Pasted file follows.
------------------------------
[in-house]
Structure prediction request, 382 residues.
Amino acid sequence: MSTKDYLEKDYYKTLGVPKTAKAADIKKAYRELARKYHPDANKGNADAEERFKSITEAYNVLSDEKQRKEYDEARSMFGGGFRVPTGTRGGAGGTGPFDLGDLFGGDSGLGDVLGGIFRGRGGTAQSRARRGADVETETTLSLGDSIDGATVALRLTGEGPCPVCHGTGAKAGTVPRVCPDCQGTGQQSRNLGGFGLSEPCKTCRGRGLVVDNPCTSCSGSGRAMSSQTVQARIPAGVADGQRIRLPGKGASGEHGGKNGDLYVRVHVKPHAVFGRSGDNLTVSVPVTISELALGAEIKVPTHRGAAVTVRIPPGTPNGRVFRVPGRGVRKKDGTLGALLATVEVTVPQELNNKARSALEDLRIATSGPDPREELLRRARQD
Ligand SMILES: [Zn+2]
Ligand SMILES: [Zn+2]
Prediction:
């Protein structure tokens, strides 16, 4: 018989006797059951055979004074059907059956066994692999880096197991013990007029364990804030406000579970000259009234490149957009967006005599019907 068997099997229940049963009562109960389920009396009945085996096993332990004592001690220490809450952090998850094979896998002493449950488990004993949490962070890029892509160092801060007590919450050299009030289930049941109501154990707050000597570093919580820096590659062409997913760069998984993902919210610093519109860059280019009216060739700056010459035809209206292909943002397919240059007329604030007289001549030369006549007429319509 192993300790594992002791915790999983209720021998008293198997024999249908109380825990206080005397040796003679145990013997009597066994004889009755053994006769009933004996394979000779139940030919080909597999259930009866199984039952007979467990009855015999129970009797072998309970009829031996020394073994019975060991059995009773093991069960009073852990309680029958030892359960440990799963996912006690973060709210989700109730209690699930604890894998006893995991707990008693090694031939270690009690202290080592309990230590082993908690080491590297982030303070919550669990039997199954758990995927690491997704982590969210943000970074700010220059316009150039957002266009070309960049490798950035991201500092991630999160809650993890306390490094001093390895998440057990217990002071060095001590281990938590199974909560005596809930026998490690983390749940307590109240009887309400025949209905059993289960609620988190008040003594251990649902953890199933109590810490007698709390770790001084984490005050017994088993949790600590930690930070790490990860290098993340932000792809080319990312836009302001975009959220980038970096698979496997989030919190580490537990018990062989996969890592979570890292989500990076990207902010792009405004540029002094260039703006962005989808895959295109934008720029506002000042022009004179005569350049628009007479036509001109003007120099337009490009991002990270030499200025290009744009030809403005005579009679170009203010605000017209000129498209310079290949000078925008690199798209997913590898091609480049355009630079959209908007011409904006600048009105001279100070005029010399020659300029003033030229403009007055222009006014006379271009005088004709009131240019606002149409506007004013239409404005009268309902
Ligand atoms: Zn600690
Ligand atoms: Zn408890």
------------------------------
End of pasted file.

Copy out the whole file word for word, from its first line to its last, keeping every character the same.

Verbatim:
[in-house]
Structure prediction request, 382 residues.
Amino acid sequence: MSTKDYLEKDYYKTLGVPKTAKAADIKKAYRELARKYHPDANKGNADAEERFKSITEAYNVLSDEKQRKEYDEARSMFGGGFRVPTGTRGGAGGTGPFDLGDLFGGDSGLGDVLGGIFRGRGGTAQSRARRGADVETETTLSLGDSIDGATVALRLTGEGPCPVCHGTGAKAGTVPRVCPDCQGTGQQSRNLGGFGLSEPCKTCRGRGLVVDNPCTSCSGSGRAMSSQTVQARIPAGVADGQRIRLPGKGASGEHGGKNGDLYVRVHVKPHAVFGRSGDNLTVSVPVTISELALGAEIKVPTHRGAAVTVRIPPGTPNGRVFRVPGRGVRKKDGTLGALLATVEVTVPQELNNKARSALEDLRIATSGPDPREELLRRARQD
Ligand SMILES: [Zn+2]
Ligand SMILES: [Zn+2]
Prediction:
């Protein structure tokens, strides 16, 4: 018989006797059951055979004074059907059956066994692999880096197991013990007029364990804030406000579970000259009234490149957009967006005599019907 068997099997229940049963009562109960389920009396009945085996096993332990004592001690220490809450952090998850094979896998002493449950488990004993949490962070890029892509160092801060007590919450050299009030289930049941109501154990707050000597570093919580820096590659062409997913760069998984993902919210610093519109860059280019009216060739700056010459035809209206292909943002397919240059007329604030007289001549030369006549007429319509 192993300790594992002791915790999983209720021998008293198997024999249908109380825990206080005397040796003679145990013997009597066994004889009755053994006769009933004996394979000779139940030919080909597999259930009866199984039952007979467990009855015999129970009797072998309970009829031996020394073994019975060991059995009773093991069960009073852990309680029958030892359960440990799963996912006690973060709210989700109730209690699930604890894998006893995991707990008693090694031939270690009690202290080592309990230590082993908690080491590297982030303070919550669990039997199954758990995927690491997704982590969210943000970074700010220059316009150039957002266009070309960049490798950035991201500092991630999160809650993890306390490094001093390895998440057990217990002071060095001590281990938590199974909560005596809930026998490690983390749940307590109240009887309400025949209905059993289960609620988190008040003594251990649902953890199933109590810490007698709390770790001084984490005050017994088993949790600590930690930070790490990860290098993340932000792809080319990312836009302001975009959220980038970096698979496997989030919190580490537990018990062989996969890592979570890292989500990076990207902010792009405004540029002094260039703006962005989808895959295109934008720029506002000042022009004179005569350049628009007479036509001109003007120099337009490009991002990270030499200025290009744009030809403005005579009679170009203010605000017209000129498209310079290949000078925008690199798209997913590898091609480049355009630079959209908007011409904006600048009105001279100070005029010399020659300029003033030229403009007055222009006014006379271009005088004709009131240019606002149409506007004013239409404005009268309902
Ligand atoms: Zn600690
Ligand atoms: Zn408890």